In this state and this county, as well as surrounding counties, appointees are usually political and, thus, have no specific planning experience.
    though is is rampant in Onondaga County, you will see this everywhere - I knwo I am being condescending but welcome to government



    How is a professional planner supposed to get somebody to sign off on getting a credential that will upstage supervisors in local government where the majority of planners end up working, when they have verbally disparaged the credential as not necessary, do not support individuals taking the exam, and will not support attending any conferences in support of maintenance of said credential??
    I know - many in here are working with this

    Unless this standard is going to be enforced across the board, there will be no compliance in people who really have no desire to do anything at all. In this regard, it is not very surprising to me that small towns and rural areas refuse to institute any progressive planning techniques, update zoning, or do anything constructive in any way.
    think baby-steps - Rome wasn't built in a day and it didn't go down in a day either

    It is extremely depressing and disheartening to know this now; hopefully somebody will get this message before changing careers in order to make an intelligent choice before embarking on a career change that will ultimately be unfulfilling...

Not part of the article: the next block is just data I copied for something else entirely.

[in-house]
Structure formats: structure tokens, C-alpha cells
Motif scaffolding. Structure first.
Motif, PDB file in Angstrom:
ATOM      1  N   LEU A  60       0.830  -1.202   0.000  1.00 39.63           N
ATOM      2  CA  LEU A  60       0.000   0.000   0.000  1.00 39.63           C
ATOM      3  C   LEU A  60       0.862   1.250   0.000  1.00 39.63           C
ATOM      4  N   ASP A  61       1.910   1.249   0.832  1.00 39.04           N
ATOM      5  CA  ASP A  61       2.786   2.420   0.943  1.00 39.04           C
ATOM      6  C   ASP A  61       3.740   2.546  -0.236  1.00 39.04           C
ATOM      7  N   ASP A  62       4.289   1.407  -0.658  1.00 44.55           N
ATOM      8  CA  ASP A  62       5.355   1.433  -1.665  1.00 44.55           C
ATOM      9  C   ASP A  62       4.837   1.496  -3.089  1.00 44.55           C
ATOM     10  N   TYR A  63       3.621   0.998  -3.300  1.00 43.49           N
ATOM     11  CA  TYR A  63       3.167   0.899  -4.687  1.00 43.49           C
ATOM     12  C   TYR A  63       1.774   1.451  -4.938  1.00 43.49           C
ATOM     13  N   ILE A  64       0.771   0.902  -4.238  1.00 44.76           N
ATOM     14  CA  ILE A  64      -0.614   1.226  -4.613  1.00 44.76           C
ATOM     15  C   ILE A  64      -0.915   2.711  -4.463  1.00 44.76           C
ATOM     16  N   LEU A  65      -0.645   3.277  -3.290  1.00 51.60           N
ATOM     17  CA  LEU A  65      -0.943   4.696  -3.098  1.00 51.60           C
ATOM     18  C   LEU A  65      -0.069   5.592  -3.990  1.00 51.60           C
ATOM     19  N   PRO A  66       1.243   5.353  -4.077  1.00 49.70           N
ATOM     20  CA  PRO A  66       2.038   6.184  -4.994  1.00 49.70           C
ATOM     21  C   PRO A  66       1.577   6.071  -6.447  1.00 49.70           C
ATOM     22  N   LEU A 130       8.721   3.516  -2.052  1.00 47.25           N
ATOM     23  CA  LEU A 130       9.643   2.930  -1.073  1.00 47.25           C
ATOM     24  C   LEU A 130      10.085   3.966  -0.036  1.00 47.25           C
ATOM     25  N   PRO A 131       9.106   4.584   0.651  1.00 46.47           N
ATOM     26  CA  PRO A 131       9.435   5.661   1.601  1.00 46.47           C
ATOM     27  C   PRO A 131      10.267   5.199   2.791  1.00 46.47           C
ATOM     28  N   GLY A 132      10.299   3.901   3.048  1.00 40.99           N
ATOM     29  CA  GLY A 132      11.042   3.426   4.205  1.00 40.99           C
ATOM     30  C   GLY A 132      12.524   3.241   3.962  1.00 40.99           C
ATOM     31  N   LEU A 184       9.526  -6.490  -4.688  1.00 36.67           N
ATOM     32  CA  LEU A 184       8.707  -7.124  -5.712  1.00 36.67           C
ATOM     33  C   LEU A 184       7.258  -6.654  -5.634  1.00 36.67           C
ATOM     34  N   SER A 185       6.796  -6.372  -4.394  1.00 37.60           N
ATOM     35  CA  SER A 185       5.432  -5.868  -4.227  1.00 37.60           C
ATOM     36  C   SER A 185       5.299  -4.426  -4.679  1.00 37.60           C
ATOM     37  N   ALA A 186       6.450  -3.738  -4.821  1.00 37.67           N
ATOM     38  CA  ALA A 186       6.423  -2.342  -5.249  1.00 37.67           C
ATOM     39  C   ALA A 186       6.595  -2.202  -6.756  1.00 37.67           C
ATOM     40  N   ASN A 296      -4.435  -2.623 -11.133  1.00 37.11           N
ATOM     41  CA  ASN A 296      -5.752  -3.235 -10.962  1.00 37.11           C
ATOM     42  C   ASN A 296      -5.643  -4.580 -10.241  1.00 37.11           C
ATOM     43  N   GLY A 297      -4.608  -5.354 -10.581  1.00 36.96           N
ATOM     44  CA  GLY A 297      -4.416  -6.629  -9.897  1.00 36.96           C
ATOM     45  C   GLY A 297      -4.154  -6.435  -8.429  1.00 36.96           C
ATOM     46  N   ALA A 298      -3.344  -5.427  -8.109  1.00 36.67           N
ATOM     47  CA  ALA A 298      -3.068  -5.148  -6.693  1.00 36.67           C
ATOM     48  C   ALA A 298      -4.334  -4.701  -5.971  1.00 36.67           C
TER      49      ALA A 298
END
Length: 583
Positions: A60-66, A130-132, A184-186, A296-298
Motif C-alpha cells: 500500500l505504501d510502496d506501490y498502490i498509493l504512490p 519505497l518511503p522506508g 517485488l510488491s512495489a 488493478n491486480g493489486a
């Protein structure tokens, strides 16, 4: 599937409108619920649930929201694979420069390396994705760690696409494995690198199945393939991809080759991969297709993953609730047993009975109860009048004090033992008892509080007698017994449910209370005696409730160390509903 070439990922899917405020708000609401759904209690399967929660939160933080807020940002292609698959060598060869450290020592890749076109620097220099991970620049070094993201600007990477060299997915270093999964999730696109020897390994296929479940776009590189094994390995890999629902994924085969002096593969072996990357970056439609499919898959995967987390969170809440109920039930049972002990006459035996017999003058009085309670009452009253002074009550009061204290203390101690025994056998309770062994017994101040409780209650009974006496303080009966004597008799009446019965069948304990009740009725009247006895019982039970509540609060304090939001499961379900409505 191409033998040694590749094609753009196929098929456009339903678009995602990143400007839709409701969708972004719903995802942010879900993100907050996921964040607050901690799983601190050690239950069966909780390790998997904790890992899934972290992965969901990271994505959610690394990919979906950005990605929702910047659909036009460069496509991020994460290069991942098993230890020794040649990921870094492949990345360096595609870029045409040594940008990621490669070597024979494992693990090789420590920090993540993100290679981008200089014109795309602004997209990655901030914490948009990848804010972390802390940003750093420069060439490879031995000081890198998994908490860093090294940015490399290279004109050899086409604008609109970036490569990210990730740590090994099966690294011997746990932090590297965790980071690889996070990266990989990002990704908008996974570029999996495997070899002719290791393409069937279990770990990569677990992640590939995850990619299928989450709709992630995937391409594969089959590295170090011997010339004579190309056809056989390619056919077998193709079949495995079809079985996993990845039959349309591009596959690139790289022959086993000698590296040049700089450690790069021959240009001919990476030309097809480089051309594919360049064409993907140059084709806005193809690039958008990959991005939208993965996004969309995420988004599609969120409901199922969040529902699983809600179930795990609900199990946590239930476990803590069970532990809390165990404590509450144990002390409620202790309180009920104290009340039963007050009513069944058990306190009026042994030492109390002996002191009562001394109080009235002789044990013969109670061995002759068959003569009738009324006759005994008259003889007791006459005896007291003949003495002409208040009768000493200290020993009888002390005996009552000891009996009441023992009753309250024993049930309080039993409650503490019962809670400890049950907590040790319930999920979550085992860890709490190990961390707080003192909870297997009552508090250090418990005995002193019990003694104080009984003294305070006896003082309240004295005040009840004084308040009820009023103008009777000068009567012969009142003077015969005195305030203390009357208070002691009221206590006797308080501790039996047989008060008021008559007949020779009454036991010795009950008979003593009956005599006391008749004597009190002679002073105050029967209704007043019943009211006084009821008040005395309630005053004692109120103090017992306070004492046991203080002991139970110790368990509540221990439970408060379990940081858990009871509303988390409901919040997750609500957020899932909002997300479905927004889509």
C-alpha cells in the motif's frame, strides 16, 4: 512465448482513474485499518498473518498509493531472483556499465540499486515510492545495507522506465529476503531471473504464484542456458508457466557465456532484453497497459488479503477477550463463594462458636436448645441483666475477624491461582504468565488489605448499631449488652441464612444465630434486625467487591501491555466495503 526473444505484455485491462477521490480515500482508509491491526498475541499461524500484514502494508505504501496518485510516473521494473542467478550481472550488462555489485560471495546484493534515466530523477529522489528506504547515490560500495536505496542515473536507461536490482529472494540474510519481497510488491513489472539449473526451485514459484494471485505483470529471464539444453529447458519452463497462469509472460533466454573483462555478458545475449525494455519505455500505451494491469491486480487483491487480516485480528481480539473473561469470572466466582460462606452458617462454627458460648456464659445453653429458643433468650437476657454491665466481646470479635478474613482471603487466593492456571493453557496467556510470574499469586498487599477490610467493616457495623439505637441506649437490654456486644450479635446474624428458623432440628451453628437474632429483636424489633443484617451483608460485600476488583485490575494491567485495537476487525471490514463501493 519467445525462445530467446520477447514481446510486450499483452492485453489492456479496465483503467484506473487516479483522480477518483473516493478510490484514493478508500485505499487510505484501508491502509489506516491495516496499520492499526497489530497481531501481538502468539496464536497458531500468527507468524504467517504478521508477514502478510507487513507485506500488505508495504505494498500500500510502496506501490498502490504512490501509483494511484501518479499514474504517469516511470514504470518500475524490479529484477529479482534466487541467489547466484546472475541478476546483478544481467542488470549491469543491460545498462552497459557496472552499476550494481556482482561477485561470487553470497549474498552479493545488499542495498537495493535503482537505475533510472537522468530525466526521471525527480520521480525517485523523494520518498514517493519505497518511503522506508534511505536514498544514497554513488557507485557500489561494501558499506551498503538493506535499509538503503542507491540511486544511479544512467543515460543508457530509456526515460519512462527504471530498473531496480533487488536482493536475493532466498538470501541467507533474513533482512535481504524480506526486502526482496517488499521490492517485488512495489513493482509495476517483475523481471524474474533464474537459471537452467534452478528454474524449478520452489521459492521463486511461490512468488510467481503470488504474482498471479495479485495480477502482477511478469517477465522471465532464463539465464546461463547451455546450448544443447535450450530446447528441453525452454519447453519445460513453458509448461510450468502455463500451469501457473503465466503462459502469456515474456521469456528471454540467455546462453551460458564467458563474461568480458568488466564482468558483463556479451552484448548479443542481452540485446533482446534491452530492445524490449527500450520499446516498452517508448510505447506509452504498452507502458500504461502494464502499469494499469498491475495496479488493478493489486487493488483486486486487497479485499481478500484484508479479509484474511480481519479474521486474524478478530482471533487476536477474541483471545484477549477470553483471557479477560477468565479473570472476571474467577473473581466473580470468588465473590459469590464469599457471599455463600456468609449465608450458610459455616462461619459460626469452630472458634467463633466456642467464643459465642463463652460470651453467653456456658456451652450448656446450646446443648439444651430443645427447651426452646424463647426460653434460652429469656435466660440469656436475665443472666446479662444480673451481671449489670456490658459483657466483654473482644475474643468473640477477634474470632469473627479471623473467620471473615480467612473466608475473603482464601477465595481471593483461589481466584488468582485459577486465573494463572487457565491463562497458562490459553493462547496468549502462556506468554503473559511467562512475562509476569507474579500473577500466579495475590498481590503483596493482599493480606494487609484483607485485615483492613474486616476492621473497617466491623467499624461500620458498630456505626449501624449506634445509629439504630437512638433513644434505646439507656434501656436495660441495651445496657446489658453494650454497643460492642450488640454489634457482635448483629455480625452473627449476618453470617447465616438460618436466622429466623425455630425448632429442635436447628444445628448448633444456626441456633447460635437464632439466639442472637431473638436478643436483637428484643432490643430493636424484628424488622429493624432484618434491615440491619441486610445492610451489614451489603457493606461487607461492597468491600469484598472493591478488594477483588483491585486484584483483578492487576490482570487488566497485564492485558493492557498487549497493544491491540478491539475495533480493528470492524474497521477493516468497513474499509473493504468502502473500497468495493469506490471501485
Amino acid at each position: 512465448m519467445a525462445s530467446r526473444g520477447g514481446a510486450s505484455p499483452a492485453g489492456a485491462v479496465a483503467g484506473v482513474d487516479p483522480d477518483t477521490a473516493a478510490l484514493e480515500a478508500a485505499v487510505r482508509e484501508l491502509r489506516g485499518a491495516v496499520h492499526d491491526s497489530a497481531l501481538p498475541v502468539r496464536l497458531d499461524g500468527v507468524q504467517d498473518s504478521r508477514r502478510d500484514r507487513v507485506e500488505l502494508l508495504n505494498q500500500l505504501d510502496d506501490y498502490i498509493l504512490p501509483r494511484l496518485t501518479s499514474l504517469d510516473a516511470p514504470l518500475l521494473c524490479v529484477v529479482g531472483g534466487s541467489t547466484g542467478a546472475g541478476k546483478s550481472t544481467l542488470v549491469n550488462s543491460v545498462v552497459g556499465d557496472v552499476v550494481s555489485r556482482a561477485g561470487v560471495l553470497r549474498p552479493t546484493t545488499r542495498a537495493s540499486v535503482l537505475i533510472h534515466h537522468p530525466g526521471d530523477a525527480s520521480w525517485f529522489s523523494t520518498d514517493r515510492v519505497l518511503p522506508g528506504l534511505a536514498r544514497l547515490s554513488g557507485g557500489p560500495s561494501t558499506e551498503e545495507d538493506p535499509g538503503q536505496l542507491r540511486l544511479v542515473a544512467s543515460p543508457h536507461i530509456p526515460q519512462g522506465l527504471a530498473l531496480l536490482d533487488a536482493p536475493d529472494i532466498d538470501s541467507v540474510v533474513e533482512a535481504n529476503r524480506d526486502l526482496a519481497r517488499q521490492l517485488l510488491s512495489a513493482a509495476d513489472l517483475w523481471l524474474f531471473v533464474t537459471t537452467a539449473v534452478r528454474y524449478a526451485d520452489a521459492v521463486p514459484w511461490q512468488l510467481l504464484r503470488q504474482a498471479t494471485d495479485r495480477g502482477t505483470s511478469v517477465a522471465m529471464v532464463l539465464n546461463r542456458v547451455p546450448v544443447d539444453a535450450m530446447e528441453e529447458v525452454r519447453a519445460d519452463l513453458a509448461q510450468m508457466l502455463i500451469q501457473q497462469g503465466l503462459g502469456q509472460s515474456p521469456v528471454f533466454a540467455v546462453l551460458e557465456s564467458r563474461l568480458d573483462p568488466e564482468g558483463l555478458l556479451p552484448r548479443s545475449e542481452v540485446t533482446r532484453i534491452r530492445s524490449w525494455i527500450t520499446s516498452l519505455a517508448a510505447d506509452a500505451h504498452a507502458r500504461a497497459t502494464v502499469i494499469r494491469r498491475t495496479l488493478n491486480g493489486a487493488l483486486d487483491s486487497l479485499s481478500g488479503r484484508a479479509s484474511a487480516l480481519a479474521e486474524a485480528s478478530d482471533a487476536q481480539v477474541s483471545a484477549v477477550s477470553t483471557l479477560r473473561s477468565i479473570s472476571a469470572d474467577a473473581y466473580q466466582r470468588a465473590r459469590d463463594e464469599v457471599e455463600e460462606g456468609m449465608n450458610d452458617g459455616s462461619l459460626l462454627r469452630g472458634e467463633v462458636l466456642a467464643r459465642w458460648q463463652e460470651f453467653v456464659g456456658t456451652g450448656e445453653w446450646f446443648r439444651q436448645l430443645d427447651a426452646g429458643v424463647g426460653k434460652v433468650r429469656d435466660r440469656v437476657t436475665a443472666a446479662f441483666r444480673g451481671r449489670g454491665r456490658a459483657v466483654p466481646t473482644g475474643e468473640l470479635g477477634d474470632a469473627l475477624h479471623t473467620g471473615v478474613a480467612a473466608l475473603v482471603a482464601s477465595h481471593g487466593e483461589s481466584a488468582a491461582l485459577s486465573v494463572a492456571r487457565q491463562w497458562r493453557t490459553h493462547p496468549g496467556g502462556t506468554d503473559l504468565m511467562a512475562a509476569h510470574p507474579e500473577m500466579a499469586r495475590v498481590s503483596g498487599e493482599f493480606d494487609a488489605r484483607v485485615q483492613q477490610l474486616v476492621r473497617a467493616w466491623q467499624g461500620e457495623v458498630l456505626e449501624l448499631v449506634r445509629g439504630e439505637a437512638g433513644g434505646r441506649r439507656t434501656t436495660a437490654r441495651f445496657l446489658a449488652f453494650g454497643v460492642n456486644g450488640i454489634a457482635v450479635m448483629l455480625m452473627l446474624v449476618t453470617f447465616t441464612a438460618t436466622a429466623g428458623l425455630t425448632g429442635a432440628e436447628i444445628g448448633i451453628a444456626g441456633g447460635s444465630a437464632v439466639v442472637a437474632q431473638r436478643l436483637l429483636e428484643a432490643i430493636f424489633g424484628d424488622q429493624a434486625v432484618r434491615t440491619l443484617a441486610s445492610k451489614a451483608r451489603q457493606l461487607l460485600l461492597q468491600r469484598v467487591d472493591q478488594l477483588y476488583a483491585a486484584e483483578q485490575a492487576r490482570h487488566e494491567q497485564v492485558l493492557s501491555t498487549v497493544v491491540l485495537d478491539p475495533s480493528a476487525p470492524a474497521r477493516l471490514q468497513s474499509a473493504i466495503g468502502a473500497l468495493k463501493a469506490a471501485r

welcome to Cyburbia - keep reading and keep posting!!!

  10. #10
    I am a planning intern and I have been on the job straight out of university (BA Human Geography) for 2 months. I am working on a program that my provincial government has set up for me in effort to develop well-rounded planners. The provincial government gave me two huge binders with terms and other planning jargon but I find that hands-on experience is a far more effective teaching tool.

    At my agency we work with ~20 different municipalities so right now I am working with the largest city, currently doing work on LUB amendments and an IASP. I have an assistant city division planning manager as my supervisor so she gives me tasks that will help me get a grasp on what planning is about. I am attending Council and many other meetings, shadowing my supervisor. Also, I am going around the city and seeing how other departments work especially in relationship with planning. The "city division" I am currently on is meant to ease me into the basics.

    In the near future I will be moved to the "municipal division" (every other little municipality we work with) where I will be doing many more indepedent projects. I will also be going to Inspections and Licensing to do every planner's favorite work - permits.